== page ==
All posts filed under: Vegetarian

savory vegetable crumble with hazelnuts and hard cider

This winter has worn heavy. Slowly, the darkest days are getting lighter. The sun spreads across the sky a little earlier each morning. If it’s not raining too hard, I hear the birds finding their songs for the season. The other day, I caught a glimpse of a fat squirrel tipping off a skinny branch. Spring is coming. But it is arriving at a snail’s pace, and I am growing more impatient every day. Yearning for long walks through the city, along Alki Beach, or weaving my way through Discovery Park. Toes sinking into the sands of Lake Washington. Watching the sun set, sending the most brilliant gradients of color streaking across the sky over Golden Gardens Park in Ballard. I am ready for summer in Seattle. I am longing, too, for the farmer’s market. Exploring (and tasting) the bounty of summer. We are entering the spring hunger stretchΒ β€” the last of winter’s reserves are wearing thin, but the precious first shoots of spring haven’t fully arrived yet. In the depths of winter, I’ve ventured …

how to use thanksgiving leftovers

how to use your thanksgiving leftovers

Let’s be real. Thanksgiving is all about the leftovers. You see my sister makes these amazing turkey sandwiches. Her secret is, she puts an extra slice of gravy soaked bread in the middle. I call it the Moist Maker. Raise your hand if you really wanted to soak a piece of bread in leftover gravy to put in the middle of your leftover turkey sandwich after hearing about Ross’s sandwich on Friends. It must have been good, because he freaked out when someone else ate it. That sandwich was the only good thing going on in his life. And, as I’m nearing 30 myself, I can kind of understand where he’s coming from. That must have been one helluva sandwich. For the first Thanksgiving I ever hosted, all on my own, I bought my turkey just a few days before Thanksgiving. There wasn’t much of a selection left at the grocery. I ended up with a huge turkey. I think it was at least 20 pounds. (We had 7 people over for dinner.) We had …

meatless tikka masala

vegan cranberry bean and summer greens tikka masala

This recipe should also be known as what I did with the random assortment of leftovers in my fridge. Every once in a while when I am feeling overwhelmed and uninspired, I turn to cookbooks and blogs for recipes and meal plans. Most of the time, though, I listen to Craig and to what my body (and my mind and my soul) need and crave. I find inspiration in the fresh ingredients at the market. I rarely go with a shopping list and instead piece together meals as I pick out raw ingredients. Sometimes I have a very general outline β€” I need greens, beans, herbs, mushrooms. Sometimes a whole chicken. Sometimes not. It can be difficult to cook this way. I know not everyone has the time or the interest to cook this way. And, I’ll admit, I still struggle with leftovers and reducing waste. Sometimes I get an idea and then it doesn’t work. Sometimes a recipe needs to be tweaked multiple times, but I still need to get dinner ready and on …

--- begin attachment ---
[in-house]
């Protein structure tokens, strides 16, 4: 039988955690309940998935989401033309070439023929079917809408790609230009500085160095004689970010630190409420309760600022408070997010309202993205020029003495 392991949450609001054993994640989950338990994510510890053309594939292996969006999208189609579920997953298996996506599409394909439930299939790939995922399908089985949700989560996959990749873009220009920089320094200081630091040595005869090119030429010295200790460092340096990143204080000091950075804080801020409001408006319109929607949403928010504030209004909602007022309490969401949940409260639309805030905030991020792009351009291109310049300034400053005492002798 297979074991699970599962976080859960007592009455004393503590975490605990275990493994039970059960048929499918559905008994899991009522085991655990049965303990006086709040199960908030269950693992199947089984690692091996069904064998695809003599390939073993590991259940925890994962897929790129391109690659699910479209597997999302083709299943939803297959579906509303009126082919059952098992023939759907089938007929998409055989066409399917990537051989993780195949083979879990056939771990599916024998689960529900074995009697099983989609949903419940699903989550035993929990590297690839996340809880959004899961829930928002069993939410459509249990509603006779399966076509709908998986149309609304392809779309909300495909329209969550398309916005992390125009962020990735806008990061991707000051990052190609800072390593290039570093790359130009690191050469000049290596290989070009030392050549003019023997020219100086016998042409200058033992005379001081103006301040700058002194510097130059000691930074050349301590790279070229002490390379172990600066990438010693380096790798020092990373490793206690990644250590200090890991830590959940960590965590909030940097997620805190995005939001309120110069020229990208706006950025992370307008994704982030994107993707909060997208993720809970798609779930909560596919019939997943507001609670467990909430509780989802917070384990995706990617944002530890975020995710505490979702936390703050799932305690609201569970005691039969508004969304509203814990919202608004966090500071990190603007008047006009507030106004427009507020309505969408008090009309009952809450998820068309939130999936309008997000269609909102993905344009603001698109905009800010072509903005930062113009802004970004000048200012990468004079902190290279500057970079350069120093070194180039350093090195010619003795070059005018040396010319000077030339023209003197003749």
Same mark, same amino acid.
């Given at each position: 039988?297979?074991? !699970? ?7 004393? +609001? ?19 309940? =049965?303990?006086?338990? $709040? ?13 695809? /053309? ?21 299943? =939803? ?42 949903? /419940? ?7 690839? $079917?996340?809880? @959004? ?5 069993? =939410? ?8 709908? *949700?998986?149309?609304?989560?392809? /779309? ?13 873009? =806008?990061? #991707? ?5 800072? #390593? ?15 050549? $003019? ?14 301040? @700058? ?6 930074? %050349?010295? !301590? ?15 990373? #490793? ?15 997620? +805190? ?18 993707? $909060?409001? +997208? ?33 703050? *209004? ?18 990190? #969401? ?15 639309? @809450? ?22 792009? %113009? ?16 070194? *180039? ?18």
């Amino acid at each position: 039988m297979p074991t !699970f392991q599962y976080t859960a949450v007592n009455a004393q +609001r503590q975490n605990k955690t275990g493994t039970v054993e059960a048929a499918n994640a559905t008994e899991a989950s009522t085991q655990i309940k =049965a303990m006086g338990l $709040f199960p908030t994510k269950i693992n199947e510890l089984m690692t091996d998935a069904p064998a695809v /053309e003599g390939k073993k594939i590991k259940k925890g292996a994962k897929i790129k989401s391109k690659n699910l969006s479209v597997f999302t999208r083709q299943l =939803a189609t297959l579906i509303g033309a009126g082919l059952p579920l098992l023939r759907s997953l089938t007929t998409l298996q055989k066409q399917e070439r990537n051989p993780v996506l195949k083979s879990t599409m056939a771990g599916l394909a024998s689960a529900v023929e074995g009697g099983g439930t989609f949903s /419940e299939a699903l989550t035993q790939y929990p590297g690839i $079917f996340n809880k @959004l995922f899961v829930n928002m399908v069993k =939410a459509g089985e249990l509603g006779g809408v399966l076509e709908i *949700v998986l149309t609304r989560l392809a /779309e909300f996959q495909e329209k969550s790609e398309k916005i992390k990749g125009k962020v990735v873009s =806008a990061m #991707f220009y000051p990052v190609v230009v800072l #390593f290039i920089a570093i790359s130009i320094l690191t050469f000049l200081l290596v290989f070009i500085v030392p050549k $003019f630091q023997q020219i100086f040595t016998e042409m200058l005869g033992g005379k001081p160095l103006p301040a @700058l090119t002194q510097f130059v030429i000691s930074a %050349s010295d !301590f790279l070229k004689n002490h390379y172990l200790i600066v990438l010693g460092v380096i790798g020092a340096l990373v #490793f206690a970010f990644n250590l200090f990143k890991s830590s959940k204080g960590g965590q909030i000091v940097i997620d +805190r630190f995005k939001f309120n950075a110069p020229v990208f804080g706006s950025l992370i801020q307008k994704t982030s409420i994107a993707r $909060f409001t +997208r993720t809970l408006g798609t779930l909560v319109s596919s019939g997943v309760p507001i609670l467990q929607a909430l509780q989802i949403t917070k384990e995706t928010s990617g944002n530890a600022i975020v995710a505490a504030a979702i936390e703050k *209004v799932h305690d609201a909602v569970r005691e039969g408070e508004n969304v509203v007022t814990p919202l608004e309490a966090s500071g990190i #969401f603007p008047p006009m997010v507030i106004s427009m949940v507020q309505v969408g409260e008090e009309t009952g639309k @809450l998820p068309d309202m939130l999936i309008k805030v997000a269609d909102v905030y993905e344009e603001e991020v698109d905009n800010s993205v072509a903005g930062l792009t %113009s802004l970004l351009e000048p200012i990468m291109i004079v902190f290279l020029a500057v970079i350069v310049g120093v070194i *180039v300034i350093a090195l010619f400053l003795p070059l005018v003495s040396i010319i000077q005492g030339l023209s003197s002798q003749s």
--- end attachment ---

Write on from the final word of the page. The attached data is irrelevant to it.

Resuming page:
roasted sunchoke soup

roasted sunchoke soup with white beans, labneh and chives

Sometimes, you just need soup. Even with spring on the horizon and a warm blush in the air, we still have rainy, windy, chilly days here in Seattle. Those days are soup days. One late night last week, long after most folks had eaten and were sinking in to watch prime time television, Craig and I were instead standing in the kitchen hovering over this soup, passing spoons and ideas back and forth. He has an incredible palate. His job demands it. I trust his opinion on flavors, balance and texture immeasurably, especially when it comes to creating gluten-free counterparts to common gluten recipes like pies, biscuits and baked goods. So there we stood, warming the soup, and stirring in some garam masala, preserved lemon, and grated ginger. I love this collaboration. Lab…what? Labneh is a strained yogurt, similar to Greek yogurt but even more thick. It’s rich and tangy and balances the warmth and nuttiness of the sunchokes. I found a sheep’s milk variety at the farmers market, but it can easily be substituted …

cucumber kimchi fried rice with shiitake mushrooms and perpetual spinach

Spring has arrived in Seattle. Every week on one of my days off, I walk the mile or so to Pike Place Market. Usually to pick up some groceries, but often just for the exercise and to wander. And sometimes to visit Coffee & A Specialty Bakery, an entirely gluten-free bakery offering the most incredible pastries. (This week I indulged with a pineapple topped mini brioche and a tender vanilla madeline.) Spring weather in Seattle is scattered. Sunshine gives way quickly to rain, and just as quickly in reverse. From our apartment, we can see the block where blue skies are cut off by the gray, where the wall of rain starts. On Tuesday, I walked under a canopy of sunshine and managed to make it home with just a few sprinkles of rain falling. I try to change up my route on these walks. Sometimes I’ll take 1st Avenue all the way down, or Elliott or Western. Sometimes weaving up and down the hilly side streets to avoid construction or a conglomeration of tourists. …